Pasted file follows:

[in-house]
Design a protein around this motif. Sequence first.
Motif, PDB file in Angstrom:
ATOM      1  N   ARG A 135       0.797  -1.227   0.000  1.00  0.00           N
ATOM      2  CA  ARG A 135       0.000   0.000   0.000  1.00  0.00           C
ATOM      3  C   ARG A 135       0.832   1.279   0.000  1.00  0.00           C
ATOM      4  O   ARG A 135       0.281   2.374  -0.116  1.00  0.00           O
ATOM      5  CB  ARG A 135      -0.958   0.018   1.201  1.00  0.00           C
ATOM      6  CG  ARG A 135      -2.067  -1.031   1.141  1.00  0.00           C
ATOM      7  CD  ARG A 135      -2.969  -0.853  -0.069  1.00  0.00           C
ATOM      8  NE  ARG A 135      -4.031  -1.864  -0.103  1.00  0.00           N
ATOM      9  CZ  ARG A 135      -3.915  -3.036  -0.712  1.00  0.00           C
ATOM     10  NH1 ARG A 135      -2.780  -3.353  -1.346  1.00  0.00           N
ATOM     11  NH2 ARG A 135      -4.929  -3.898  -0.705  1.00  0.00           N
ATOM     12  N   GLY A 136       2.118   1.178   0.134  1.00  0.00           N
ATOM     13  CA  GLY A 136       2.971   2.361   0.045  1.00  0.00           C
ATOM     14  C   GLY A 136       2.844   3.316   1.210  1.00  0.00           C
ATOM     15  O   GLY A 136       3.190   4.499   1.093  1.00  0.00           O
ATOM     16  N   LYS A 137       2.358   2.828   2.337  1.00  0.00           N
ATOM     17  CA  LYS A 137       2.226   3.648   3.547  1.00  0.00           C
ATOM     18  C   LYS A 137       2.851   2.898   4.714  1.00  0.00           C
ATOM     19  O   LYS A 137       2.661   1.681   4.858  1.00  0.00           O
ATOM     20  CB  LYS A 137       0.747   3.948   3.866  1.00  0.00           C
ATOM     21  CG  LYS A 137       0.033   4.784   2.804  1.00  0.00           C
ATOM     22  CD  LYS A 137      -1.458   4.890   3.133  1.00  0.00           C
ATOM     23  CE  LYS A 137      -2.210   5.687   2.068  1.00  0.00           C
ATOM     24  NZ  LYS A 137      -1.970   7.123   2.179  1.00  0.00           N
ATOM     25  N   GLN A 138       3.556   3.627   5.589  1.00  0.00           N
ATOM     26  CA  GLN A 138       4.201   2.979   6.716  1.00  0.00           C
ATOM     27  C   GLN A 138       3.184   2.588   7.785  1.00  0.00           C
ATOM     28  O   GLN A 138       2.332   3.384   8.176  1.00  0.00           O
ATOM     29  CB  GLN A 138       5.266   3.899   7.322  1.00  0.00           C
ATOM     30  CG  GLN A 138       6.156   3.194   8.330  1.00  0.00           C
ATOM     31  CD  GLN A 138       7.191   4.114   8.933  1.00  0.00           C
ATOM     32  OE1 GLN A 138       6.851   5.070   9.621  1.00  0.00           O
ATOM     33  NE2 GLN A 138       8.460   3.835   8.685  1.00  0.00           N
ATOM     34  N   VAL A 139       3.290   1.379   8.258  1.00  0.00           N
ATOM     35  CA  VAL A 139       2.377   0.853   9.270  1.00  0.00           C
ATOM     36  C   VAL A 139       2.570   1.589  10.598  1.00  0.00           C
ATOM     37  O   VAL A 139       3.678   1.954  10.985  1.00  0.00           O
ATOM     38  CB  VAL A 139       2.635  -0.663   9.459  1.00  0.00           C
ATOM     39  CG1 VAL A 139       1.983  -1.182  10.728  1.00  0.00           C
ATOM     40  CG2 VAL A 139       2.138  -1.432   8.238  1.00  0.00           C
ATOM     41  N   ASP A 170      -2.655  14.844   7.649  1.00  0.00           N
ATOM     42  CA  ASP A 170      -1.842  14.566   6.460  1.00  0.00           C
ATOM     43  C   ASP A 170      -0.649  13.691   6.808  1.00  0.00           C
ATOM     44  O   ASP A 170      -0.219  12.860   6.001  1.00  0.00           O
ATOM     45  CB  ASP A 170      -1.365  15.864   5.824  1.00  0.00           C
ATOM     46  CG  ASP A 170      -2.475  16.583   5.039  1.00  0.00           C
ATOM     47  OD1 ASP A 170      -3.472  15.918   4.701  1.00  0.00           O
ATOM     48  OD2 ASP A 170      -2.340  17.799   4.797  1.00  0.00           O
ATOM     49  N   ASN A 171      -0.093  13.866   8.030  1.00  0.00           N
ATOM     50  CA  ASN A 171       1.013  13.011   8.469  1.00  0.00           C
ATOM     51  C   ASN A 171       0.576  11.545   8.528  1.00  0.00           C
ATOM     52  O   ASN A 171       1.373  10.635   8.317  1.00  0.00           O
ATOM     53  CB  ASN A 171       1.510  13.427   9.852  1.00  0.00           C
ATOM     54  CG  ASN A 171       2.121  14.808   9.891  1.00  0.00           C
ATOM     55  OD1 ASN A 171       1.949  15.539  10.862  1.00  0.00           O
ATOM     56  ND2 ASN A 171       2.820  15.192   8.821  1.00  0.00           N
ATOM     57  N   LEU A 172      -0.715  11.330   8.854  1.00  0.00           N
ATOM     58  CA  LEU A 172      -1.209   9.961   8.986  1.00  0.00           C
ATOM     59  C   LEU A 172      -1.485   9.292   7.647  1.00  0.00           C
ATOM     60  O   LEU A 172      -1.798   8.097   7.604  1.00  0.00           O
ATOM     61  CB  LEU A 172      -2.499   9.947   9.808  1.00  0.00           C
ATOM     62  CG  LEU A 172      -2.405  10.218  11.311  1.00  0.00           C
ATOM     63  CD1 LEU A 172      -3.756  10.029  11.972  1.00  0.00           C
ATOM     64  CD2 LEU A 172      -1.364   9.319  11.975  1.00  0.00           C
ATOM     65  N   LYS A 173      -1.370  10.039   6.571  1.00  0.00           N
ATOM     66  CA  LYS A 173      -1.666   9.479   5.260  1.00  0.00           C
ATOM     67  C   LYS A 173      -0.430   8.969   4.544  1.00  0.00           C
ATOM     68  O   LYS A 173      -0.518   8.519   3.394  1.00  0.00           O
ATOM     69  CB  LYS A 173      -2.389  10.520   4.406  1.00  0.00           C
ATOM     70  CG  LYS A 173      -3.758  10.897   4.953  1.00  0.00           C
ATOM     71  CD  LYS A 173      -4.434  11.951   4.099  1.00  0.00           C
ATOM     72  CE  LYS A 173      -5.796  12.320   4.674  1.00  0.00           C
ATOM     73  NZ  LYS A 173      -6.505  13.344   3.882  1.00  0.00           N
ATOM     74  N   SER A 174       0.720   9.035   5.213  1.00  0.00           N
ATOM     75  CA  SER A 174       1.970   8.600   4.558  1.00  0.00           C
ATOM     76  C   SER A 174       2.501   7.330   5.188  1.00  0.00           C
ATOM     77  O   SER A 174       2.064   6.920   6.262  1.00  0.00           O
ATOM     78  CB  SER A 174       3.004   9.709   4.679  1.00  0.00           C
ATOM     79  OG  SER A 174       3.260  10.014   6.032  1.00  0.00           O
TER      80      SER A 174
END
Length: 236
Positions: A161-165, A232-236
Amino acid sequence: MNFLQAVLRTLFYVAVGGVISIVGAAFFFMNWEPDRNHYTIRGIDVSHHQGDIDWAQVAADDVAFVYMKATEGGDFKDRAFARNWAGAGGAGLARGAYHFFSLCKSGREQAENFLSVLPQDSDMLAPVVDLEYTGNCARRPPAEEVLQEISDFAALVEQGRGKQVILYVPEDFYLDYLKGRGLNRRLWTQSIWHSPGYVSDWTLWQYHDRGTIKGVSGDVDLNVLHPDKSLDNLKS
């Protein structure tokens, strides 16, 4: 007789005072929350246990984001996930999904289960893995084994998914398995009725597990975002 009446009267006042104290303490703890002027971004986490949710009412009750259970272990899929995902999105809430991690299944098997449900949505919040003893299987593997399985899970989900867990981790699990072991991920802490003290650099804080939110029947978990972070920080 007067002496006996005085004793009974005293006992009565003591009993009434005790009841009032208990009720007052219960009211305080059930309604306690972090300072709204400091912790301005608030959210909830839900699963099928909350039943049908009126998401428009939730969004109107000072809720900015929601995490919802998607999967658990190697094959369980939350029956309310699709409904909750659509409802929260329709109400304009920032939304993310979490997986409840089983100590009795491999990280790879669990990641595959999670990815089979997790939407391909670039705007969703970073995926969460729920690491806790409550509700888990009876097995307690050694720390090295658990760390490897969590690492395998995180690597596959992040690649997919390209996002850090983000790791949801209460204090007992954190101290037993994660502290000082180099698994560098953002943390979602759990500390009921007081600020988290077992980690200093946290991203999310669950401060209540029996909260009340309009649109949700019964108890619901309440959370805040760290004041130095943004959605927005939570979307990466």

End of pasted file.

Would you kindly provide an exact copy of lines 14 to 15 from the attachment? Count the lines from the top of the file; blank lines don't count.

ATOM     11  NH2 ARG A 135      -4.929  -3.898  -0.705  1.00  0.00           N
ATOM     12  N   GLY A 136       2.118   1.178   0.134  1.00  0.00           N